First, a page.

The gyroradius (also known as radius of gyration, Larmor radius or cyclotron radius) is the radius of the circular motion of a charged particle in the presence of a uniform magnetic field. In SI units, the gyroradius is given by
where is the mass of the particle, is the component of the velocity perpendicular to the direction of the magnetic field, is the electric charge of the particle, and is the strength of the magnetic field.
It is often useful to give the gyrofrequency a sign with the definition
or express it in units of Hertz with
For electrons, this frequency can be reduced to
In cgs units, the gyroradius is given by
and the gyrofrequency is
where is the speed of light in vacuum.
The above formula for the gyroradius also holds for relativistic motion when mass correction is considered. For calculations in accelerator and astroparticle physics, the formula for the gyroradius is rearranged to give the more practical expression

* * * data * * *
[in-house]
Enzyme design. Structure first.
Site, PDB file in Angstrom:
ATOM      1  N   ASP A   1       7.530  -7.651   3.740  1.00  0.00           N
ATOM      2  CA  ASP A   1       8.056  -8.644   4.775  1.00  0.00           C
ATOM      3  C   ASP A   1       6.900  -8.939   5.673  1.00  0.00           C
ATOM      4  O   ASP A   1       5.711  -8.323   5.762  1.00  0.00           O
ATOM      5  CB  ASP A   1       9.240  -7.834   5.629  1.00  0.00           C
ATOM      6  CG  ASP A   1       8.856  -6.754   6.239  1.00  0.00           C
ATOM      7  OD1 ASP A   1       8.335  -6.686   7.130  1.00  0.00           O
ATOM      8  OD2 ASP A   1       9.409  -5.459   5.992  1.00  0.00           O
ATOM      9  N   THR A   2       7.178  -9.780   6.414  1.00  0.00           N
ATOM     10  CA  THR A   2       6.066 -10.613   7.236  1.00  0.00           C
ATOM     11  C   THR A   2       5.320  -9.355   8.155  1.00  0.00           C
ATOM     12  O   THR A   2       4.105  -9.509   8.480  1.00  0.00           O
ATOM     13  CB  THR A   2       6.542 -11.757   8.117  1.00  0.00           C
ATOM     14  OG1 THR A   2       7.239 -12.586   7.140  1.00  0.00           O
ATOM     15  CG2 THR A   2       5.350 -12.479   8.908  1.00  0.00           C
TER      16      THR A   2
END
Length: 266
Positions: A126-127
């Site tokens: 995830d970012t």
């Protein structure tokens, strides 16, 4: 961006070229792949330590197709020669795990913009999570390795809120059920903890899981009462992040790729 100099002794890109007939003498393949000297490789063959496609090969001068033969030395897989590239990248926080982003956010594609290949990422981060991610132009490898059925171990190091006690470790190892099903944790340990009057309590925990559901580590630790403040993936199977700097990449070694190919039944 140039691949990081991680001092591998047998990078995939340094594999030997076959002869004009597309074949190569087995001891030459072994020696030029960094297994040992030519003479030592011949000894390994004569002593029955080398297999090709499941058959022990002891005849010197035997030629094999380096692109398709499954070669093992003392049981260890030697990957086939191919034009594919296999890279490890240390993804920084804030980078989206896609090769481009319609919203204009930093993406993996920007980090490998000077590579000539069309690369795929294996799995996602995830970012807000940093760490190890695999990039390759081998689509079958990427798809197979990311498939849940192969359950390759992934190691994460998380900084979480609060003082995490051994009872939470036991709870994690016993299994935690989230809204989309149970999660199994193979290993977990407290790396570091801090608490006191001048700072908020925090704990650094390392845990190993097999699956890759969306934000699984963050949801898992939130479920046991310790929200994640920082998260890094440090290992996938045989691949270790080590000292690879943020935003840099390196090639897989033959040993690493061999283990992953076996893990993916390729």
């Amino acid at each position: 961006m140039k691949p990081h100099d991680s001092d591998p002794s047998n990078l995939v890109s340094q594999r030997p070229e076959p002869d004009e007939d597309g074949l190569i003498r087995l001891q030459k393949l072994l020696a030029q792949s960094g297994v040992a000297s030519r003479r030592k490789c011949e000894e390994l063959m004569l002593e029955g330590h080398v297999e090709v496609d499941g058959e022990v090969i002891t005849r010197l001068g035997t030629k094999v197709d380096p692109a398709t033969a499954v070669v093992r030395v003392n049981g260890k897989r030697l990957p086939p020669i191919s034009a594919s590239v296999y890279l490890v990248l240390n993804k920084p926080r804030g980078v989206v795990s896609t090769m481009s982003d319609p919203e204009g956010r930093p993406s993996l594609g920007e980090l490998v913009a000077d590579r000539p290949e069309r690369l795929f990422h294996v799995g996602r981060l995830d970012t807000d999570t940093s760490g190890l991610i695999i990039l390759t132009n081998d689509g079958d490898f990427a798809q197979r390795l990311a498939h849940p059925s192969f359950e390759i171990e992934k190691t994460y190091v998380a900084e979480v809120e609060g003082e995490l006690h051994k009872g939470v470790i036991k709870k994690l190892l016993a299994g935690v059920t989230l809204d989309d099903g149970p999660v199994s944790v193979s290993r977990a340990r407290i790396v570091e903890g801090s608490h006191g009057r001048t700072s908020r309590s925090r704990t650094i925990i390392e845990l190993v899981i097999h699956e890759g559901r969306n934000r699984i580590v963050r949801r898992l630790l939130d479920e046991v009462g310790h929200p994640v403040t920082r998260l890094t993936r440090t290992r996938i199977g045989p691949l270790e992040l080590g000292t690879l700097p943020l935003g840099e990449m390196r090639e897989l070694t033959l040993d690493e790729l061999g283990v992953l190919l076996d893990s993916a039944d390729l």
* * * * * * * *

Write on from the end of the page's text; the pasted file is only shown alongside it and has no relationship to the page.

If the charged particle is moving, then it will experience a Lorentz force given by
where is the velocity vector and is the magnetic field vector.
Notice that the direction of the force is given by the cross product of the velocity and magnetic field. Thus, the Lorentz force will always act perpendicular to the direction of motion, causing the particle to gyrate, or move in a circle. The radius of this circle, , can be determined by equating the magnitude of the Lorentz force to the centripetal force as
Rearranging, the gyroradius can be expressed as
Thus, the gyroradius is directly proportional to the particle mass and perpendicular velocity, while it is inversely proportional to the particle electric charge and the magnetic field strength. The time it takes the particle to complete one revolution, called the period, can be calculated to be
Since the period is the reciprocal of the frequency we have found